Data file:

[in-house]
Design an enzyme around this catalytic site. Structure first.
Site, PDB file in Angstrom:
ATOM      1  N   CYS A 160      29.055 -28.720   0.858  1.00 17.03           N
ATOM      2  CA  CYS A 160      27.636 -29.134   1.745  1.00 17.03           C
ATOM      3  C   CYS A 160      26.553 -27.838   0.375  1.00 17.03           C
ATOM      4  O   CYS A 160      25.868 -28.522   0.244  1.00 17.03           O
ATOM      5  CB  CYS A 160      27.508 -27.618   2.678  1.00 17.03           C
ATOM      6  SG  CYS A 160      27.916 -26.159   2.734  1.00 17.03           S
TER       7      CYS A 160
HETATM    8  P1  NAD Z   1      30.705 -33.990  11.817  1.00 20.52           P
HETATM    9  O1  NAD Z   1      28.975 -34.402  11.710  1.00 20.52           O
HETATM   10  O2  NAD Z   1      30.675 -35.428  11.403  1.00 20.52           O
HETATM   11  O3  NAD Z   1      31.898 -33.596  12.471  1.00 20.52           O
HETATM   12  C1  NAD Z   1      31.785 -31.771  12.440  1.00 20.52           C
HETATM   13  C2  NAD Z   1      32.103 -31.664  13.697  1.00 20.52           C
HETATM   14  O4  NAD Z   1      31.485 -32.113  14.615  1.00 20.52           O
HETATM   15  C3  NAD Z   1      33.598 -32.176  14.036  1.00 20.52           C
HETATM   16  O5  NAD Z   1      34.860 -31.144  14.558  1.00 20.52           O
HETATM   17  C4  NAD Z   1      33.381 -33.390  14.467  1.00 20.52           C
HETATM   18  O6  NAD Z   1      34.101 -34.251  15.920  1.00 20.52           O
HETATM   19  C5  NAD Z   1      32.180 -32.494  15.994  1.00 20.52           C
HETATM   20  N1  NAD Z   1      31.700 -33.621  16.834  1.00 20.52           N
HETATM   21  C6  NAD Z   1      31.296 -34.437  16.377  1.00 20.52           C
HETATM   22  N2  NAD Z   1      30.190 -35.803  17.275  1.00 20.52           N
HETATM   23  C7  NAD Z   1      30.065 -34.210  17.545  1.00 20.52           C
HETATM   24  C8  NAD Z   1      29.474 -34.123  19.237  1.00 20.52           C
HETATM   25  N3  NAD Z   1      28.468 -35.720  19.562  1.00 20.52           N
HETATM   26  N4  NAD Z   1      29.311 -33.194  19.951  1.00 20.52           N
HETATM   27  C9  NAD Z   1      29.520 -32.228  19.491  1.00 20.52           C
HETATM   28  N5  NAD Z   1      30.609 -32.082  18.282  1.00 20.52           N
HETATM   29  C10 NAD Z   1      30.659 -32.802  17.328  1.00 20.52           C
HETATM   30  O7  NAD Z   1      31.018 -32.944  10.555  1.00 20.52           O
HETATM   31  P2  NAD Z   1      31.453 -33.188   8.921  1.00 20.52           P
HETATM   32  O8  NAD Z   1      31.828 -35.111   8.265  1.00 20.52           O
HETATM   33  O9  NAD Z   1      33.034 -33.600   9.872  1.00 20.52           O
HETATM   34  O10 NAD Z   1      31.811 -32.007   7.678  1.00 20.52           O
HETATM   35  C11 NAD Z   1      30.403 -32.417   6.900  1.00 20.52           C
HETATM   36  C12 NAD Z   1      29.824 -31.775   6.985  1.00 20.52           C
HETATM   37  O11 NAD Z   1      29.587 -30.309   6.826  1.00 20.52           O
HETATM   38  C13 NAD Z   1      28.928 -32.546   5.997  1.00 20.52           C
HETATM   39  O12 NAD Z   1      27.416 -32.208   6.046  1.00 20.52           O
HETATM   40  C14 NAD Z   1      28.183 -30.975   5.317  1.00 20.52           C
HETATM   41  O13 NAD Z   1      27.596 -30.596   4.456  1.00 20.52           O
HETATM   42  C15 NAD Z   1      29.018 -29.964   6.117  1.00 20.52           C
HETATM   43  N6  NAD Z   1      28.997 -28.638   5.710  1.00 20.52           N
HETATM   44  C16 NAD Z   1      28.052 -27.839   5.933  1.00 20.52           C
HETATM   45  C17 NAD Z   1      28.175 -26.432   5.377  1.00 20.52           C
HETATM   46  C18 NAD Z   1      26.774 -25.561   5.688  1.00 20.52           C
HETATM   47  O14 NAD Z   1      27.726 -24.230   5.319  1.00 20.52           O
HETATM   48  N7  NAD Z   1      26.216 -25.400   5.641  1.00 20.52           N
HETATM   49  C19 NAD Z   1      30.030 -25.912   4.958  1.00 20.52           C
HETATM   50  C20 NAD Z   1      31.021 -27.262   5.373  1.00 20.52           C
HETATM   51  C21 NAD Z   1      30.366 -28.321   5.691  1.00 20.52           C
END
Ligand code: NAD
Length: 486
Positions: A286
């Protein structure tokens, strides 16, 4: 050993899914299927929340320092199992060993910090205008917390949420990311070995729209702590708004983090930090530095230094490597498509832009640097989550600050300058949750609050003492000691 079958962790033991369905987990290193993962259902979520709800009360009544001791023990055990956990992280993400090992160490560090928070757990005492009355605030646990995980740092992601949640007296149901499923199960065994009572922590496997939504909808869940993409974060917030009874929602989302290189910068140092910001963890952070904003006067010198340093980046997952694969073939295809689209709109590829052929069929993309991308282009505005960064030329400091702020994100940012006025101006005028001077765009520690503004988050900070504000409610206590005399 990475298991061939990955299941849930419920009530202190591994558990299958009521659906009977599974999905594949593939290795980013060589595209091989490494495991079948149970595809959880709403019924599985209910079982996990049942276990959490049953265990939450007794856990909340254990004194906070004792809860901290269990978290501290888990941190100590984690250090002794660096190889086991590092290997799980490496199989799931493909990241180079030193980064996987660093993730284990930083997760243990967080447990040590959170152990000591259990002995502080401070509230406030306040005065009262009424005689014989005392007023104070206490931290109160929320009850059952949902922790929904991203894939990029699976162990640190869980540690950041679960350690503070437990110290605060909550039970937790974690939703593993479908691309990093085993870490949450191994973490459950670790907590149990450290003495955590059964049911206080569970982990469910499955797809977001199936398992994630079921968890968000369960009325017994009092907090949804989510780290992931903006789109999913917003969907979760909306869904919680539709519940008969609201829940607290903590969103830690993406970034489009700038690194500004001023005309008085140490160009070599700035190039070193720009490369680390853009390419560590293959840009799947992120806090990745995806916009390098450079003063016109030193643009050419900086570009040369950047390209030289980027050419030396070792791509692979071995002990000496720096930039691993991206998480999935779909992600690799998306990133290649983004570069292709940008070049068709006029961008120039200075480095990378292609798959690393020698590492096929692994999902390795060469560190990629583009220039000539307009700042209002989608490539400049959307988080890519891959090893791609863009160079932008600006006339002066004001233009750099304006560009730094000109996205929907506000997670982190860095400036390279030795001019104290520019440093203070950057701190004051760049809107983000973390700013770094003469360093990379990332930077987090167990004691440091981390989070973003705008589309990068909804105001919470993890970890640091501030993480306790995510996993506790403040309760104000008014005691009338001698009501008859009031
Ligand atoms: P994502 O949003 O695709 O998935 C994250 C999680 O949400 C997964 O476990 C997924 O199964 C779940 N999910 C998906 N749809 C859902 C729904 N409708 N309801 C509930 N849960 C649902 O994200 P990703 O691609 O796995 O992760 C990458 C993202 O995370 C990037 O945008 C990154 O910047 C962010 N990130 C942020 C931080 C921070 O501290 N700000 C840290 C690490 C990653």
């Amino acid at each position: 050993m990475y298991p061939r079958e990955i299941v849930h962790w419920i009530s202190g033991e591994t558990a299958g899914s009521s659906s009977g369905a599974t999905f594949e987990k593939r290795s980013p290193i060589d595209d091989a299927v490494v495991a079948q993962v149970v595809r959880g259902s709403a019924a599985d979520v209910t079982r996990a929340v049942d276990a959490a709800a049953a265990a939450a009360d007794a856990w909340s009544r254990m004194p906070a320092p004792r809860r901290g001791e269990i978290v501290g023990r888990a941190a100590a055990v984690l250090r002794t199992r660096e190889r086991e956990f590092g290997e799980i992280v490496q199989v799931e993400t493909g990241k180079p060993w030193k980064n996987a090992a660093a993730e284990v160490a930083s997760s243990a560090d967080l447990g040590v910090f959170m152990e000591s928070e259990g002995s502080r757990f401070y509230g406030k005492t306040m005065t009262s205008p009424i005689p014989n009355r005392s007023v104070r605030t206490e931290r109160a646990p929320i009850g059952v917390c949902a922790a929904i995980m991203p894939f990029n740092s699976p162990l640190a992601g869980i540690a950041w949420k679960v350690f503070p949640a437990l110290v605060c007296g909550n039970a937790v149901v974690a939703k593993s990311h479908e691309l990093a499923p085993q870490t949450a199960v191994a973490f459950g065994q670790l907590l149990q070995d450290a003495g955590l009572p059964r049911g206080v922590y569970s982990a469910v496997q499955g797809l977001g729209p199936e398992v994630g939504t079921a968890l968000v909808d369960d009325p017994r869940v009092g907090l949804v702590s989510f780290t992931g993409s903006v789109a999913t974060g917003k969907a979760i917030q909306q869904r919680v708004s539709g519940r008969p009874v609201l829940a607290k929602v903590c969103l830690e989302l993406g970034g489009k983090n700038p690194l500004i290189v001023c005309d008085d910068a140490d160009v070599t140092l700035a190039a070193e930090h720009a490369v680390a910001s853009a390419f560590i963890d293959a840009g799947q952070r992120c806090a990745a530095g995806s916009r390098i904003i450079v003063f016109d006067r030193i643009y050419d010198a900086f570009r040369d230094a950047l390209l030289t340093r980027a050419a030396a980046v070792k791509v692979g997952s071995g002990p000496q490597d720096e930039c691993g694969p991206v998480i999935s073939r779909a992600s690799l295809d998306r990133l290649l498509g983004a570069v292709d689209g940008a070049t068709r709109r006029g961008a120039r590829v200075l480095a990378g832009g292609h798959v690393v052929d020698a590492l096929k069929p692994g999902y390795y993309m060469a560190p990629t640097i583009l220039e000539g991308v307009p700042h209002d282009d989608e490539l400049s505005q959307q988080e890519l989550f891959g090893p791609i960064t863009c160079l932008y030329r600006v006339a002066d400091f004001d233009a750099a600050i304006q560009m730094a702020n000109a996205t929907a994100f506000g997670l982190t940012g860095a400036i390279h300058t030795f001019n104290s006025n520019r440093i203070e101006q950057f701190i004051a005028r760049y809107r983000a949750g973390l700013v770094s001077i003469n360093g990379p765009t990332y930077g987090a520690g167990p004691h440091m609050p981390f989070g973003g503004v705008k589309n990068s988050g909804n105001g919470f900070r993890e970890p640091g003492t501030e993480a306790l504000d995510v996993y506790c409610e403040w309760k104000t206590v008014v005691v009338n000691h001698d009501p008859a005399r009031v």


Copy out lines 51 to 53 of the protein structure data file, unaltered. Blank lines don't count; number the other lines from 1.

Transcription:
HETATM   48  N7  NAD Z   1      26.216 -25.400   5.641  1.00 20.52           N
HETATM   49  C19 NAD Z   1      30.030 -25.912   4.958  1.00 20.52           C
HETATM   50  C20 NAD Z   1      31.021 -27.262   5.373  1.00 20.52           C